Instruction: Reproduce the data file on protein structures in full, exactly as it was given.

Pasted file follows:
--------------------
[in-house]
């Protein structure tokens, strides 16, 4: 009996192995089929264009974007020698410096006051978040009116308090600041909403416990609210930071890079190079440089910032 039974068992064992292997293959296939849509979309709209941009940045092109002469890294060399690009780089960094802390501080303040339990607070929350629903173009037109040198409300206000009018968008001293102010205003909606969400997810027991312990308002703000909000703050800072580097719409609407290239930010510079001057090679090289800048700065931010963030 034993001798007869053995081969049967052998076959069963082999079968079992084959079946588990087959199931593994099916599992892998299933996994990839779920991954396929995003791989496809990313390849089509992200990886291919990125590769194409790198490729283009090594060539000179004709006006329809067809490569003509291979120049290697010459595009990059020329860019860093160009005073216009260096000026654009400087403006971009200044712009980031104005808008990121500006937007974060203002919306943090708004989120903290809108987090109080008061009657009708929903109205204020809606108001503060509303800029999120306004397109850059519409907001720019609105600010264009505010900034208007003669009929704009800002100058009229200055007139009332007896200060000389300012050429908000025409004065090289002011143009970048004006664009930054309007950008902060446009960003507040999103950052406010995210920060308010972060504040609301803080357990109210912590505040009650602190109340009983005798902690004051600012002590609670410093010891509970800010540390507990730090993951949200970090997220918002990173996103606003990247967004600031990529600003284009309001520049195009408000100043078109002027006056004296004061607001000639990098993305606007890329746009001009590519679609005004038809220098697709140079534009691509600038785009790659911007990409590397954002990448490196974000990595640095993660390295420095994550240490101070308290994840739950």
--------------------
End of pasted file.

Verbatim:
[in-house]
């Protein structure tokens, strides 16, 4: 009996192995089929264009974007020698410096006051978040009116308090600041909403416990609210930071890079190079440089910032 039974068992064992292997293959296939849509979309709209941009940045092109002469890294060399690009780089960094802390501080303040339990607070929350629903173009037109040198409300206000009018968008001293102010205003909606969400997810027991312990308002703000909000703050800072580097719409609407290239930010510079001057090679090289800048700065931010963030 034993001798007869053995081969049967052998076959069963082999079968079992084959079946588990087959199931593994099916599992892998299933996994990839779920991954396929995003791989496809990313390849089509992200990886291919990125590769194409790198490729283009090594060539000179004709006006329809067809490569003509291979120049290697010459595009990059020329860019860093160009005073216009260096000026654009400087403006971009200044712009980031104005808008990121500006937007974060203002919306943090708004989120903290809108987090109080008061009657009708929903109205204020809606108001503060509303800029999120306004397109850059519409907001720019609105600010264009505010900034208007003669009929704009800002100058009229200055007139009332007896200060000389300012050429908000025409004065090289002011143009970048004006664009930054309007950008902060446009960003507040999103950052406010995210920060308010972060504040609301803080357990109210912590505040009650602190109340009983005798902690004051600012002590609670410093010891509970800010540390507990730090993951949200970090997220918002990173996103606003990247967004600031990529600003284009309001520049195009408000100043078109002027006056004296004061607001000639990098993305606007890329746009001009590519679609005004038809220098697709140079534009691509600038785009790659911007990409590397954002990448490196974000990595640095993660390295420095994550240490101070308290994840739950």